Weeks et al. (2006) also suggest that the methods of Costa et al. (1992) were not clear. In that study, we state that one male per isofemale line was sampled in that study, and all individual flies analysed that were from isofemale lines established immediately after collection or from mass cultures containing thousands of flies within five generations (Costa et al., 1992). The fact that flies were collected in different years, 1989, 1990, 1991 should potentially add noise to the results, yet the cline was statistically robust. Altitude was also controlled, as described by Peixoto (2002) in a review of all of our geographical studies on European populations from 1989 to the mid-1990s (Costa et al., 1992; Rosato et al., 1996, 1997), which incidentally, also shows that between years, the cline appears to be quite stable. The one ‘outlier’ we found, came from high altitude, and is therefore also consistent with a thermal hypothesis (Peixoto, 2002).
Finally, as an academic exercise, we took the acrylamide-based data from the Weeks et al. (2006) collections from 2002 and 2004, in which they state they are more confident, and averaged the frequencies of the (Thr-Gly)17 and (Thr-Gly)20 samples when they came from the same latitude (to the nearest degree), irrespective of the year. We did this because some of the changes in gene frequencies for a single location between the two sampling years were rather large, suggesting that they were sampling ephemeral and nonstable populations. We took out the ‘Bowen 2004’ sample that was based on the smallest number of alleles scored (n = 18), and the Tasmanian samples, because it is an island and more prone to drift. We also found similar high variance in Tasmanian samples in our study, although it did not affect our identification of the cline (Sawyer et al., 2006). For the (Thr-Gly)17 frequencies we obtained a negative correlation with latitude of −0.271 (regression slope of −0.0054, SE 0.0044), and a positive correlation of 0.29 (slope +0.0064 ± 0.0048) for (Thr-Gly)20 (both N’s = 21). The results are in the direction predicted by Costa et al.’s (1992) analysis of the European polymorphism and the difference between the two correlations is marginally significant (z = 1.69, P = 0.0462, one-tailed).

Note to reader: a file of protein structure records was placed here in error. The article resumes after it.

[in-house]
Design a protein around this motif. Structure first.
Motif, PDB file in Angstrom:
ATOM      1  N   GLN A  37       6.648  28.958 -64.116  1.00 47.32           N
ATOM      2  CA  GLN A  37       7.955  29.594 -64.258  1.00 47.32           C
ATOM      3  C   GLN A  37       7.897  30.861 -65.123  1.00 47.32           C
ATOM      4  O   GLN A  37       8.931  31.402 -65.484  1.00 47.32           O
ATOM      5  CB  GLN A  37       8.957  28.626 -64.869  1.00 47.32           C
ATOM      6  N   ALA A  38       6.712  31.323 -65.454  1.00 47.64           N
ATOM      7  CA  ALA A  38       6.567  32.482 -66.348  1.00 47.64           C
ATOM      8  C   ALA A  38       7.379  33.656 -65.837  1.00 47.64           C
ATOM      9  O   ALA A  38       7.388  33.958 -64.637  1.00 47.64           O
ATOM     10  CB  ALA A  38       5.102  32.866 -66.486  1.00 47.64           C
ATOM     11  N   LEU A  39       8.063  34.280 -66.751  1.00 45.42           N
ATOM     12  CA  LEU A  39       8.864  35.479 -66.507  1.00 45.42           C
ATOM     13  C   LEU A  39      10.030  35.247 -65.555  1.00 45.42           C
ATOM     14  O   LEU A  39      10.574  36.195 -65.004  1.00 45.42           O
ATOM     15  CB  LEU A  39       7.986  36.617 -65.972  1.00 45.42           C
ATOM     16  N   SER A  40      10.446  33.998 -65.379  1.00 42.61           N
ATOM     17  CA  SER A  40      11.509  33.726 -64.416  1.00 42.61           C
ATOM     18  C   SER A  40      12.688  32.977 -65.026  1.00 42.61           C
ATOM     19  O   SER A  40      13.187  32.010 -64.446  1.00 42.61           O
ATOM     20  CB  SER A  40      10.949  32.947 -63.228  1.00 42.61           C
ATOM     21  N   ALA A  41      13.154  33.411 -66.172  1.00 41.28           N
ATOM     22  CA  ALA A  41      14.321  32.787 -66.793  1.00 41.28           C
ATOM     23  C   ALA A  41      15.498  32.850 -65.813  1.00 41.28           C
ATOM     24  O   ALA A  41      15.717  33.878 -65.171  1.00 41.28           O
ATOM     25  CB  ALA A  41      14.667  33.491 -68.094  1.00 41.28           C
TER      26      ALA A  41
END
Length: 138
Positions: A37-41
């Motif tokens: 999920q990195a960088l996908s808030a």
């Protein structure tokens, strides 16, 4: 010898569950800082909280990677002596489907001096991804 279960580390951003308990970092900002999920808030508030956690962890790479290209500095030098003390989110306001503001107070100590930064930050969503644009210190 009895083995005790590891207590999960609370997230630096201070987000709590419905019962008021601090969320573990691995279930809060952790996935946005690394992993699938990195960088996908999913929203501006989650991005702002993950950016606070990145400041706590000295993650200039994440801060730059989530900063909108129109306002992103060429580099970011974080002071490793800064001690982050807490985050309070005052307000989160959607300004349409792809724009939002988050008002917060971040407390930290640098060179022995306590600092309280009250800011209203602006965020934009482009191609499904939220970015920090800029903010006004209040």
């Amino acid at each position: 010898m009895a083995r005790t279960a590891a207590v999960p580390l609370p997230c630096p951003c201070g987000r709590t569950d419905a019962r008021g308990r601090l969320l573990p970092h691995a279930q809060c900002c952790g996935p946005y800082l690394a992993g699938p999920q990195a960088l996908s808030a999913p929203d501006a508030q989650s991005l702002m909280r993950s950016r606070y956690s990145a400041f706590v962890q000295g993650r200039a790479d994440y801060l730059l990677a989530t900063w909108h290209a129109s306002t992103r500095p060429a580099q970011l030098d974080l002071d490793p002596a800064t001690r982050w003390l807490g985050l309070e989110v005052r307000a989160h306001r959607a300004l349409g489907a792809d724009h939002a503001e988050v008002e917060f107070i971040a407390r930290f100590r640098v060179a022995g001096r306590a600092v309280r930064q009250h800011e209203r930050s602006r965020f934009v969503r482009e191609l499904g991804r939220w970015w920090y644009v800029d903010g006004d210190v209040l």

The study of Weeks et al. (2006) is not a replication of the European one, and their critiques of the methodology of Costa et al. (1992) do not stand up to any serious examination. If their study does stand similar scrutiny, then their conclusion may in fact be similar to that of Sawyer et al (2006), that the Thr-Gly cline is Australia is not as robust as in Europe, probably due to the population history of the recently invading species. If we take Weeks et al. (2006) at face value, we might add that the younger Australian Thr-Gly cline is also more sensitive to inter-yearly changes in environmental variables, thereby modulating its expression.